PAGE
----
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The AB 540 Student and Legal History. This presentation was originally given by Chancellor Rosa P érez and Dr. Bayinaah Jones on April 24, 2007 at the request of the Evergreen Valley College Academic Senate.

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the ab 540 student and legal history
The AB 540 Student and Legal History

This presentation was originally given by Chancellor Rosa Pérez and Dr. Bayinaah Jones on April 24, 2007 at the request of the Evergreen Valley College Academic Senate

San José/Evergreen Community College District’s Office of Research & Institutional Effectiveness

background
Background

Since 2001, ten states including Texas, California, Utah, Washington, New York, Oklahoma, Illinois, Kansas, New Mexico, and Nebraska have passed laws permitting some undocumented students to pay the same tuition as their classmates at public institutions of higher education.

Source: MALDEF – Mexican American Legal Defense and Educational Fund

immigration in the u s
Immigration in the U.S.
  • Immigration laws have evolved related to need for skilled and unskilled immigrant workers in our country.
  • In California, our immigrant population continues to grow.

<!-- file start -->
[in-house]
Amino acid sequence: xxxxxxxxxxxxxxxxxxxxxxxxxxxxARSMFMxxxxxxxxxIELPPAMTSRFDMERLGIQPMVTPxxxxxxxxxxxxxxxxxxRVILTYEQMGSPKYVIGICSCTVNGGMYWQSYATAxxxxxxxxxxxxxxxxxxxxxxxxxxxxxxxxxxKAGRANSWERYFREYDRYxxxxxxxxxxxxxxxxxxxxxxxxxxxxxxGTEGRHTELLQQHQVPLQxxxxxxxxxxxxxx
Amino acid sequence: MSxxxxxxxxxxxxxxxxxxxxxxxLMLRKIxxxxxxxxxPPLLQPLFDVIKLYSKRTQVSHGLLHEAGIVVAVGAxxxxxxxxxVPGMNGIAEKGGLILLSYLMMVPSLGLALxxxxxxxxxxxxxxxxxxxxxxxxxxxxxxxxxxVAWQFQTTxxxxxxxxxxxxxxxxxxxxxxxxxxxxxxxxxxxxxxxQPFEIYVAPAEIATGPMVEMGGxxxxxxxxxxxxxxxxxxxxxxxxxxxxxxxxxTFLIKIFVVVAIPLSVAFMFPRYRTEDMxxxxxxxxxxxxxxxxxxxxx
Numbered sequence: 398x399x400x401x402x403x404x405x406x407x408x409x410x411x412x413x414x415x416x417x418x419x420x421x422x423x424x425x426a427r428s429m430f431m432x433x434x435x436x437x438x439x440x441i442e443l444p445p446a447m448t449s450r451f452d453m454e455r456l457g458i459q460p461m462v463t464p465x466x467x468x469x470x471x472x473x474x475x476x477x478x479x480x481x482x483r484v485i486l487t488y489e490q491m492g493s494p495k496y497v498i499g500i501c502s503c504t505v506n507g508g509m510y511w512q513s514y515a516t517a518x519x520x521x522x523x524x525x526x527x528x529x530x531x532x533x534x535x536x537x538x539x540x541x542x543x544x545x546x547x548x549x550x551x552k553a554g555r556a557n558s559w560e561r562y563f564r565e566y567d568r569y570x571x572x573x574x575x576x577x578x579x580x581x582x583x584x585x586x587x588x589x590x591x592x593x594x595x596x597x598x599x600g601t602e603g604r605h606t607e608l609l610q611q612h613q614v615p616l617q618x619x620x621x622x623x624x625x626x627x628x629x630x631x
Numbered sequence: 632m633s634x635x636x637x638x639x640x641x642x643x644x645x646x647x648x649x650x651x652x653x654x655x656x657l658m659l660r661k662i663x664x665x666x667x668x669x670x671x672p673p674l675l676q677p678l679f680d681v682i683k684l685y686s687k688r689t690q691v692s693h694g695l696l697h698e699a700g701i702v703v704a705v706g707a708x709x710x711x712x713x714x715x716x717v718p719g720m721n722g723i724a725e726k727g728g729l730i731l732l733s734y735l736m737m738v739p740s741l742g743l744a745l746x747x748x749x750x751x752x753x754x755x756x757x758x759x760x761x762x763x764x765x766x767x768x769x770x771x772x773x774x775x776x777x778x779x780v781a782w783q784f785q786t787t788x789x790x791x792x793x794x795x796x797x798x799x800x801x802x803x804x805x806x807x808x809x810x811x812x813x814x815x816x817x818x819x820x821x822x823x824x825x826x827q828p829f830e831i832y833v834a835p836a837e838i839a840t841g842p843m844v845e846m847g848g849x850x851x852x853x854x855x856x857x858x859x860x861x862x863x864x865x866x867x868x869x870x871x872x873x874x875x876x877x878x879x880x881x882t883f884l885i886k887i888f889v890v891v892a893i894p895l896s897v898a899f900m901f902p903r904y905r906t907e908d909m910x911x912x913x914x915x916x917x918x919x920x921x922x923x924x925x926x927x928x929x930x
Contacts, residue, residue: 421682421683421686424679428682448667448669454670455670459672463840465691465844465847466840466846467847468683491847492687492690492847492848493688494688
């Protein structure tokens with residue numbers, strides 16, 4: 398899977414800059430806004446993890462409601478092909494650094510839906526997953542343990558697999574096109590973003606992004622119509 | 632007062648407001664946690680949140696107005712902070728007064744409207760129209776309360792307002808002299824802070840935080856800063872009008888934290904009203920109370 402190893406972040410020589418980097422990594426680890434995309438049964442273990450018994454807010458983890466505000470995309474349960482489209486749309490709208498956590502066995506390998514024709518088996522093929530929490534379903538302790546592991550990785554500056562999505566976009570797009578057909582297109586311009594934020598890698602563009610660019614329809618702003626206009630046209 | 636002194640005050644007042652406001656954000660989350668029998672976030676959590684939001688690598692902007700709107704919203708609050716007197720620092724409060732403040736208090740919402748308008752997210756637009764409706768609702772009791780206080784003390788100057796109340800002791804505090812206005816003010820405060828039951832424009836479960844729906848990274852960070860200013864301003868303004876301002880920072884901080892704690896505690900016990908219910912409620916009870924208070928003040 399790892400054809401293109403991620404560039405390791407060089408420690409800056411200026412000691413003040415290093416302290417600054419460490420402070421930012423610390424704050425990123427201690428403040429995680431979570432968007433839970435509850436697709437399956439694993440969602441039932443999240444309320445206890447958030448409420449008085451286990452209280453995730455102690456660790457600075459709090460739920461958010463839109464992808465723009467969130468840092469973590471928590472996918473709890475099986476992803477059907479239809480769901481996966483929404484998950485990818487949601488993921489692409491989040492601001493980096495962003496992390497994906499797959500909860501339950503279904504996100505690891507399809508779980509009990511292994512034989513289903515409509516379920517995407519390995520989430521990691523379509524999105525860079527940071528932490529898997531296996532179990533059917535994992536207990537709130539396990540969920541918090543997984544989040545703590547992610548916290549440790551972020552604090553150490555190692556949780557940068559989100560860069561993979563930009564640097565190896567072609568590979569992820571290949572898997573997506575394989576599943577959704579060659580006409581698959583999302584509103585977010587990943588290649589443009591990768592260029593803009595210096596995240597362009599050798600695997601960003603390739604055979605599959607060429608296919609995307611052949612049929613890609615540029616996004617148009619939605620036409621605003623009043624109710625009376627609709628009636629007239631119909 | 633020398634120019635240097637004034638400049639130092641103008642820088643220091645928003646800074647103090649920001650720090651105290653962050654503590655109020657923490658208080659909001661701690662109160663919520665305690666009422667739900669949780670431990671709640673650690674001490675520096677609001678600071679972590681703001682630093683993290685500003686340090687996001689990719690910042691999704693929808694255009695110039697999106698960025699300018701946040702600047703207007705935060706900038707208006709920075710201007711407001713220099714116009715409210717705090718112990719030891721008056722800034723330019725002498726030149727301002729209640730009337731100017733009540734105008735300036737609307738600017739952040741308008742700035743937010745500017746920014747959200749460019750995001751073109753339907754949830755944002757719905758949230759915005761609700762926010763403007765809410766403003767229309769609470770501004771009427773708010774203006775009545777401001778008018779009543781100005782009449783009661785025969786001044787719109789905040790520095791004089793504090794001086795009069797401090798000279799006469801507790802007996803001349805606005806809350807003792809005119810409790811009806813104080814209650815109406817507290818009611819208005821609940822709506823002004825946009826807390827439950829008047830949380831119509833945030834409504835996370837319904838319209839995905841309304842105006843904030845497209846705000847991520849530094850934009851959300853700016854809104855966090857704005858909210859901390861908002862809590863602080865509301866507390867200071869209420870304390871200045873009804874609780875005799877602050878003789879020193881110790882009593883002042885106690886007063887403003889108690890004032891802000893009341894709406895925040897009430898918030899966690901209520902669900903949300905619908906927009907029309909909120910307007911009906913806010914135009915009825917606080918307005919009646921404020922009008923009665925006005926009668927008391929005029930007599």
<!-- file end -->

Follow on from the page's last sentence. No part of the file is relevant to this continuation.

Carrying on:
• As a State, our largest immigrant population is Latino.
slide4

Latinos Today…» Nationwide, the 2000 Census counted 40 million Latinos.» Each year between 65,000 and 80,000 undocumented students graduate from high schools in the U.S., most of whom are Latino.» Despite the large number of undocumented youth and legal immigrants who are Latino, since 2002 over 50% of the children born in California are Latino.

In California...

» Close to 11 million Latinos reside in California, making it the highest Latino populated state in the U.S.

» 41.6% of California’s future generation of leaders between the ages of 15-24 will be Latino.

» An estimated 5,000-8,000 undocumented Latino immigrants between the ages of 14-20 reside in California.

Source: US Census & CA Department of Education

evc s ethnic make up
EVC’s Ethnic Make-Up

Source: SJECCD’s Office of Research & Institutional Effectiveness